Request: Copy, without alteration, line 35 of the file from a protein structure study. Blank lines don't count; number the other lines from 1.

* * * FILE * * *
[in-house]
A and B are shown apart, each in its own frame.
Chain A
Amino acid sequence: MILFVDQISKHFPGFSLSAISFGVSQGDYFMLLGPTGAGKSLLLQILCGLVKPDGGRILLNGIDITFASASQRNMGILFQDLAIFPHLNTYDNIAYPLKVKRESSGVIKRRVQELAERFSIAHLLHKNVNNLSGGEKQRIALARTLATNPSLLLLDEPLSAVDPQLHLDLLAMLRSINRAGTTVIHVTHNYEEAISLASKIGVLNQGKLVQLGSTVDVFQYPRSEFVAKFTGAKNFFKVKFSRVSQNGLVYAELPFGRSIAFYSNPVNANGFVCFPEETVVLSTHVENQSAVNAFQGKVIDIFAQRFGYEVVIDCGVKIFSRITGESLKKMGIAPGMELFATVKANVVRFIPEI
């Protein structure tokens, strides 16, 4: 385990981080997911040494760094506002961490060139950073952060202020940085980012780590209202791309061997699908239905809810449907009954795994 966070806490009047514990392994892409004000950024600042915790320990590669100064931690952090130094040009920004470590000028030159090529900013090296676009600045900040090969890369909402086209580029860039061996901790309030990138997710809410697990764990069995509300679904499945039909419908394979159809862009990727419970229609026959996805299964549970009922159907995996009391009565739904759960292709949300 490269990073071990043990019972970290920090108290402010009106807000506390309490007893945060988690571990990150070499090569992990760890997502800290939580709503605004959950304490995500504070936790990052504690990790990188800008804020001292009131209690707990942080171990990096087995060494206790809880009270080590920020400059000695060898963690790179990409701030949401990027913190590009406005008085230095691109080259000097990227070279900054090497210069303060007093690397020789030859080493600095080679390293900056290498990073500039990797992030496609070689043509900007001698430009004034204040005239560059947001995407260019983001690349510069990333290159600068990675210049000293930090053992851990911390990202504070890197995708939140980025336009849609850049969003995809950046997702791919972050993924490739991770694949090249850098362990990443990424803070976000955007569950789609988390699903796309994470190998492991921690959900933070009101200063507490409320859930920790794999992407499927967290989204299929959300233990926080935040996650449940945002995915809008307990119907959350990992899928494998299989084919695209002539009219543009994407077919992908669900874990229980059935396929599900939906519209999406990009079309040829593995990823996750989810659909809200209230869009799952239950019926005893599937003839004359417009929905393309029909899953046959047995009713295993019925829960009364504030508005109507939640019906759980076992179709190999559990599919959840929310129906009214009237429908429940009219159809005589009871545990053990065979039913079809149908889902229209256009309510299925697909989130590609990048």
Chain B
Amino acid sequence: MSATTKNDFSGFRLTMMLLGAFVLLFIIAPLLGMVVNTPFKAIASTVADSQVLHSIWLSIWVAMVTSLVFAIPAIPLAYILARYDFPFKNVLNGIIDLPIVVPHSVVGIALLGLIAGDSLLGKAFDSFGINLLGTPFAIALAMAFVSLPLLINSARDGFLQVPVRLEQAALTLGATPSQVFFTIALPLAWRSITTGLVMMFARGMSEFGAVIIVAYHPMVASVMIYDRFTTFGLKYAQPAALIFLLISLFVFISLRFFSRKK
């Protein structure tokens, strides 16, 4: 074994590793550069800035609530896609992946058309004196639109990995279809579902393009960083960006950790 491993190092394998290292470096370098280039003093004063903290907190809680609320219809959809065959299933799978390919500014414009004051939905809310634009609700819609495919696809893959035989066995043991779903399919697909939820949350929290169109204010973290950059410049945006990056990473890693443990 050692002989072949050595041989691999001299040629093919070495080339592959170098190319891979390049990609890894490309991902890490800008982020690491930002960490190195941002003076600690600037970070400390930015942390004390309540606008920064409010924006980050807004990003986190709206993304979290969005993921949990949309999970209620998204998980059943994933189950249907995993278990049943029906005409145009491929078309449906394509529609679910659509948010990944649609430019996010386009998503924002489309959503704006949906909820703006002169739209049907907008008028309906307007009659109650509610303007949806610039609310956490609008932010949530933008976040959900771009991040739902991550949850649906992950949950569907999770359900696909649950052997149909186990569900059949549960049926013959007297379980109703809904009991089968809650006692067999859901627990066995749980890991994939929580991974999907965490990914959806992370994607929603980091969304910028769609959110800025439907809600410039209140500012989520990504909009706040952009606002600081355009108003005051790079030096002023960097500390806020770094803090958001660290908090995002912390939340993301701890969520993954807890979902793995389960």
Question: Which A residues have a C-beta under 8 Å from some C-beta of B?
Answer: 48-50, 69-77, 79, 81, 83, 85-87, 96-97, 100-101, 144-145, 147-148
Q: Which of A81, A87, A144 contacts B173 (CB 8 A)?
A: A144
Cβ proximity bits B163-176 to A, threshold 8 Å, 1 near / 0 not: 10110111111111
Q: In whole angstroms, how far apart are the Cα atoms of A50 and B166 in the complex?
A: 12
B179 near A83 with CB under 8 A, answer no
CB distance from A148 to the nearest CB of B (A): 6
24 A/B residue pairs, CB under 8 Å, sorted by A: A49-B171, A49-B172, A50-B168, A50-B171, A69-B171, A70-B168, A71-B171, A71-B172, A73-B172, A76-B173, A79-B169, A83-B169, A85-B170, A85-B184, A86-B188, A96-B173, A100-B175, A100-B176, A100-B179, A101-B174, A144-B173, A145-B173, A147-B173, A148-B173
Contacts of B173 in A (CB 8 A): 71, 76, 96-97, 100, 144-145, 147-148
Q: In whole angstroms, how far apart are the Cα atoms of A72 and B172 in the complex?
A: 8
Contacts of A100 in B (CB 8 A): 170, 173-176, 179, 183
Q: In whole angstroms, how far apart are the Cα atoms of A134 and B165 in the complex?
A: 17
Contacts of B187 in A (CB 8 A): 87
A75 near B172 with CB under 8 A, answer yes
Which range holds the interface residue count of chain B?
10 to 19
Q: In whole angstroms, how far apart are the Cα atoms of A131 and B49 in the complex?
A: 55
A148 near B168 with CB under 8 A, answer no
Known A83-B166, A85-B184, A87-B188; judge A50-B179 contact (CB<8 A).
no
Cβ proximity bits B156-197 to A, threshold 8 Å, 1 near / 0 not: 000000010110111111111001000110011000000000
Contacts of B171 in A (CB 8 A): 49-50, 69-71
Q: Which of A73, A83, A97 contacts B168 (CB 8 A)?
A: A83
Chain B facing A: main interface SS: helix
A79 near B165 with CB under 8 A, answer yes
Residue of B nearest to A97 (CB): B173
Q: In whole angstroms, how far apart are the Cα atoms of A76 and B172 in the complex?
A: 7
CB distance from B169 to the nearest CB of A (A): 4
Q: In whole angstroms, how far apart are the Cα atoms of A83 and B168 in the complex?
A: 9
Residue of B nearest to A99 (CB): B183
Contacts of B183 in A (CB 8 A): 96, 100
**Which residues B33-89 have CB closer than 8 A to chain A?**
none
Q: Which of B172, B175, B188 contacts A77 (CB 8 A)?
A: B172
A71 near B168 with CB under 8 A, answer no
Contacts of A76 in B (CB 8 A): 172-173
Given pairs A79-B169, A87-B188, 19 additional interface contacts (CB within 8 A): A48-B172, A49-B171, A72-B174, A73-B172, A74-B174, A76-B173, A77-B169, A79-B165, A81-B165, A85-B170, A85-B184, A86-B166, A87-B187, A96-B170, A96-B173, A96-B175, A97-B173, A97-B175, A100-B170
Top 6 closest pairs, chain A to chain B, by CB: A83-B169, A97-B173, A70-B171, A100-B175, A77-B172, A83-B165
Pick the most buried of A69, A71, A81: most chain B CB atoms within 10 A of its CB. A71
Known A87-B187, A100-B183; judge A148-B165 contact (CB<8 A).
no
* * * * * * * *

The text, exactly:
Contacts of B171 in A (CB 8 A): 49-50, 69-71